Is there a building step that always gives you trouble? Have you wondered whether there’s a better way to accomplish a particular modeling task? If so, perhaps one of these 10 helpful workshop hints will help you solve the problem or simply lead you in the right direction. You might have heard about a better way to accomplish a certain step, but it slipped your mind–until now! Cast your eyes over these 10 trusty tips to see whether one or two of them will help you cross a bothersome task off your to-do list.
1: MOTOR-BACKPLATE SLIPPAGE
Almost all motor prop adapters are smooth; they don’t have a knurled finish. This means that when you install a prop and try to tighten the nut, the adapter often slips. Small pieces of 220-grit sandpaper CA’d to the backplate surface will prevent this and secure the prop tightly. This easy fix is well worth the bit of time it takes to do.
2: REMOVING COVERING FROM BALSA SHEETING
Removing covering over balsa sheeting can be tricky. If you cut too deeply, you can compromise the wood’s integrity. By placing the blade in the knife handle as shown in the photo, you can easily adjust and control the depth of the cut. To set the blade’s depth, use it on a scrap piece of sheeting and make test cuts before you make the actual cuts on the model.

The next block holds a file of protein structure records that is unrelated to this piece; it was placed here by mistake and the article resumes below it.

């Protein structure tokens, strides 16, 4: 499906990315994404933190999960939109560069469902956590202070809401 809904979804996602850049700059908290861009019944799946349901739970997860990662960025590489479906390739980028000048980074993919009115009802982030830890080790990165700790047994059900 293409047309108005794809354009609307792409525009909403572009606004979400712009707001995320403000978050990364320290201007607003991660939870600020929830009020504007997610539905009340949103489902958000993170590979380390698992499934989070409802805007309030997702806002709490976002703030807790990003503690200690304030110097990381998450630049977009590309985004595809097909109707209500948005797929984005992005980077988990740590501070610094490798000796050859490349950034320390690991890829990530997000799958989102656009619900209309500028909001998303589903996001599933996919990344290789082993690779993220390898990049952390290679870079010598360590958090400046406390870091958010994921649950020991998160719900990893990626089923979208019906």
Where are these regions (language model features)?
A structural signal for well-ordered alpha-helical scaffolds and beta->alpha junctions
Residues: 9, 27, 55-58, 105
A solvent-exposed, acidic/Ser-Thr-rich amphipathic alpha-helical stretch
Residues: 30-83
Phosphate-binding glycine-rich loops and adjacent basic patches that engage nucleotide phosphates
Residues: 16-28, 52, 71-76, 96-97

3: FAST, EFFICIENT, GLOW-PLUG IGNITER CLEANER
Oil residue can prevent glow igniters from working properly. If you carry yours in your pocket, even the lint in there can cause your igniter to malfunction. A good way to clean igniters is with alcohol and an old electric toothbrush. A clean tip on the igniter will allow more current to reach the glow-plug element for more reliable starting.
4: CONTROL-HORN MOUNT
Mounting a control horn on a tapered surface makes it difficult to align the screw holes. To keep the control-horn base square to the hinge line, install a few tapered shims. CA the control horn into place, and match-drill the holes with a drill press so that the horn aligns perfectly with the nut plate on the far side.
5: CUSTOM TRIM TAPE
When it’s time to apply trim tape to your model’s canopy (or anywhere else), and you need a special color, paint the tape with Testors Model Master water-soluble paint. It comes in a rainbow of colors, and you don’t have to buy a lot of it. It comes in 1-ounce bottles.
6: PRESSURE-GAUGE HELPER
When you encounter a leak in an air line or air cylinder in your retract system, there is a handy way to discover where the problem originates. Hook up the retract cylinders and the air-supply tank individually, and then check each component separate from the rest of the retract system; it will be much easier to find the leak.
7: SAFE COMPONENT TIE-DOWN
Mounting a plane’s electronic components takes some planning. You want them to be secure but not so tight that they absorb engine vibrations. Here, everything has been safely tied down in a neat and orderly fashion. To do this, place the component on a piece of foam, and then tie it in place with a plastic strap. Add a piece of fuel line across the top to help absorb the vibes.
8: MAGNIFICENT TRAILER
A friend of mine built this unusual trailer to haul his airplanes to the field. He found the rear end of a pickup truck at a junkyard and modified it. The great thing about this trailer is that when he pulls out the bed, all of his airplanes are within easy reach! Somehow, though, the trailer doesn’t seem to go with that expensive Hummer pulling it.
9: EXTRA WEIGHT